Self Portrait, Reflection (1949)
Woman on Train (1961)
Bill & Son (1962)
“One of the things that got to me was that I felt that black people were not being portrayed in a serious and in an artistic way.”"Unlike many photographers of his day, Mr. DeCarava did not intend that his photos be viewed as visual documentation but rather as artistic expressions in their own right so that his images were, in his words, "serious," "artistic," and universally "human." Whether photographing the Scottish countryside or the heart of New York City, the deep connection he felt to the lives of people everywhere is evident in the integrity of his images. Among the many subjects his camera focused upon, he expressed an early desire to address the lack of artistic attention given to the lives of Black Americans, illuminating the aesthetic and human qualities of each individual life through the lens of his perceptions." (via)
Roy DeCarava (1982)
Woman Resting, Subway Entrance, New York (1952)
Haynes, Jones, and Benjamin (1956)
"DeCarava took photographs of white people tenderly but seldom. Black life was his greater love and steadier commitment. With his camera he tried to think through the peculiar challenge of shooting black subjects at a time when black appearance, in both senses (the way black people looked and the very presence of black people), was under question." (via)
Roy DeCarava (1919-2009) was one of two black students at a high school for textile studies and one of a few at the Cooper Union of Art (with a scholarship to study art and architecture). Discouraged by the hostility of many white students there, he left and enrolled at Harlem Community Art Center after two years.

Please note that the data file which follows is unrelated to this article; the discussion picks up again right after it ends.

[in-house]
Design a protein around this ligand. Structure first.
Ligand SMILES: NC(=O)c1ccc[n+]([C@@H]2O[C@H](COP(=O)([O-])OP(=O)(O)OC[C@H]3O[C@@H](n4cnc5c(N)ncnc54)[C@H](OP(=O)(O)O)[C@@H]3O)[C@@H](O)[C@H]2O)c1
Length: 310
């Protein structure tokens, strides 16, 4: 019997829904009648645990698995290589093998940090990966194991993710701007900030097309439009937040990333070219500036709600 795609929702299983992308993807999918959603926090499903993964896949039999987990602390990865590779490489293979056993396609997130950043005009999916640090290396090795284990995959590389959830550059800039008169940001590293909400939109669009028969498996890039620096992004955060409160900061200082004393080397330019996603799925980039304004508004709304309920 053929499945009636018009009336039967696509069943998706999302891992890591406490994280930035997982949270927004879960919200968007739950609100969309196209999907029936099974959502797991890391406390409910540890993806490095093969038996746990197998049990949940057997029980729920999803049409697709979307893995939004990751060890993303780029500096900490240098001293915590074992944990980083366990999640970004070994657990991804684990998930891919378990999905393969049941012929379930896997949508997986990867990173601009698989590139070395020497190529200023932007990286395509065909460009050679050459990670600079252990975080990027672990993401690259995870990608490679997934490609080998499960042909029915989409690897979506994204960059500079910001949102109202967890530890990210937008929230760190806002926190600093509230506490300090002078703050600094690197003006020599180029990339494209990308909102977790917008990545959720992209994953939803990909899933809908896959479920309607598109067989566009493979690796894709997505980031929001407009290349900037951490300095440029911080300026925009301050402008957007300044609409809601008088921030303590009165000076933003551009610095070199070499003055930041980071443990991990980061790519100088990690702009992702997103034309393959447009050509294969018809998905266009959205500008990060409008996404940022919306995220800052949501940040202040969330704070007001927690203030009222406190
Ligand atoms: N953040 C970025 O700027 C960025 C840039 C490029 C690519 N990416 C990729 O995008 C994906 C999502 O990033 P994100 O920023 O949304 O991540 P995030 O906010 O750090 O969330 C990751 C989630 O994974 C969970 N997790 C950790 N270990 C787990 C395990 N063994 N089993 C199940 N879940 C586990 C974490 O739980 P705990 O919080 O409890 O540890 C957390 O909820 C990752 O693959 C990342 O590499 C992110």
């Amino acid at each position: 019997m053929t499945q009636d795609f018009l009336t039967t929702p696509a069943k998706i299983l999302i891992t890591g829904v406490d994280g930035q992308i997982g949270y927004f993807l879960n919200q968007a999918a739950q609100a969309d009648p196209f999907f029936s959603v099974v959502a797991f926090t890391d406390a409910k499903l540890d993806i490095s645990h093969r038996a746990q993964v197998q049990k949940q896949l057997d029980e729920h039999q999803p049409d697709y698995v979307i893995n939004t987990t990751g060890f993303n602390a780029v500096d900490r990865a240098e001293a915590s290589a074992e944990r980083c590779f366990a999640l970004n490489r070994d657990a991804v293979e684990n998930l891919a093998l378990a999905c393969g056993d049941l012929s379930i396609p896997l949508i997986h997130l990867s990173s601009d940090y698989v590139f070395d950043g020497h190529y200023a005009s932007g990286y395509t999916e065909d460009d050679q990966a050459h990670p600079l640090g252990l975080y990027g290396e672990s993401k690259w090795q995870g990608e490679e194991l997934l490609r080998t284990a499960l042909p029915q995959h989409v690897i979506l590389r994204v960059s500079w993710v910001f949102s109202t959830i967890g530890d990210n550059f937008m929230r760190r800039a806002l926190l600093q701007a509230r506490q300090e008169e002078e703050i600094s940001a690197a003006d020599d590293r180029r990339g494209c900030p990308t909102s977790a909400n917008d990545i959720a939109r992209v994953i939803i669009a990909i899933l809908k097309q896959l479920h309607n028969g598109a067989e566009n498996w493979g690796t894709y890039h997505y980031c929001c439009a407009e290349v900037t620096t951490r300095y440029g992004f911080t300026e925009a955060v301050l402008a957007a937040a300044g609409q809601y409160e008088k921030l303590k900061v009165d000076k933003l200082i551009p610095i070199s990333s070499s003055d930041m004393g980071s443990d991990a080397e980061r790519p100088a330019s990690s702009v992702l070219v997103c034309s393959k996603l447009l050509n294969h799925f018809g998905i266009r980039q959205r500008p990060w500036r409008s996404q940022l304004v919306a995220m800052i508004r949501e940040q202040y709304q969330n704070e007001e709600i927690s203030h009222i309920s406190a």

DeCarava trained to be a painter but soon turned to photography after using a camera to gather images for his printmaking. As a black painter, he would have faced limitations: "A black painter, to be an artist had to join the white world or not function - had to accept the values of white culture." He became "the founder of a school of African-American photography that broke with the social documentary traditions of his time."
DeCarava was an outspoken crusader for civil rights, a member of the Committee to End Discrimination Against Black Photographers (he once supported protest against Life magazine for having only one - Gordon Parks - black photographer on its staff). DeCarava felt that "his pictures would speak louder as a record of black life if they abandoned the overtly humanist aims". Roy DeCarava was an artist who treated photography as a fine art and turned Harlem into his canvas (via).
from the book "The Sweet Flypaper of Life"
“I want to photograph Harlem through the Negro people. Morning, noon, night, at work, going to work… talking, kidding… in the home, in the playground, in the schools… I do not want a documentary or sociological statement, I want a creative expression, the kind of penetrating insight and understanding of Negroes which I believe only a Negro photographer can interpret.”
Roy DeCarava (via, via)
Marchers talking (1963)
Mississippi Freedom Marcher, Washington, DC (1963)
On the photograph "Mississippi Freedom Marcher, 1963" (see above)
"In “Mississippi Freedom Marcher,” for example, even the whites of the shirts have been pulled down, into a range of soft, dreamy grays, so that the tonalities of the photograph agree with the young woman’s strong, quiet expression. This exploration of the possibilities of dark gray would be interesting in any photographer, but DeCarava did it time and again specifically as a photographer of black skin. Instead of trying to brighten blackness, he went against expectation and darkened it further. What is dark is neither blank nor empty. It is in fact full of wise light which, with patient seeing, can open out into glories." (via)
Five Men (1964)
On the photograph "Five Men, 1964" (see above)
“This moment occurred during a memorial service for the children killed in a church in Birmingham, Ala., in 1964. The photograph shows men coming out of the service at a church in Harlem.” The “men were coming out of the church with faces so serious and so intense that I responded, and the image was made.”
Roy DeCarava, 1990
Two Men Talking, Washington, DC (1963)
Picket, Downstate Demonstration (1963)
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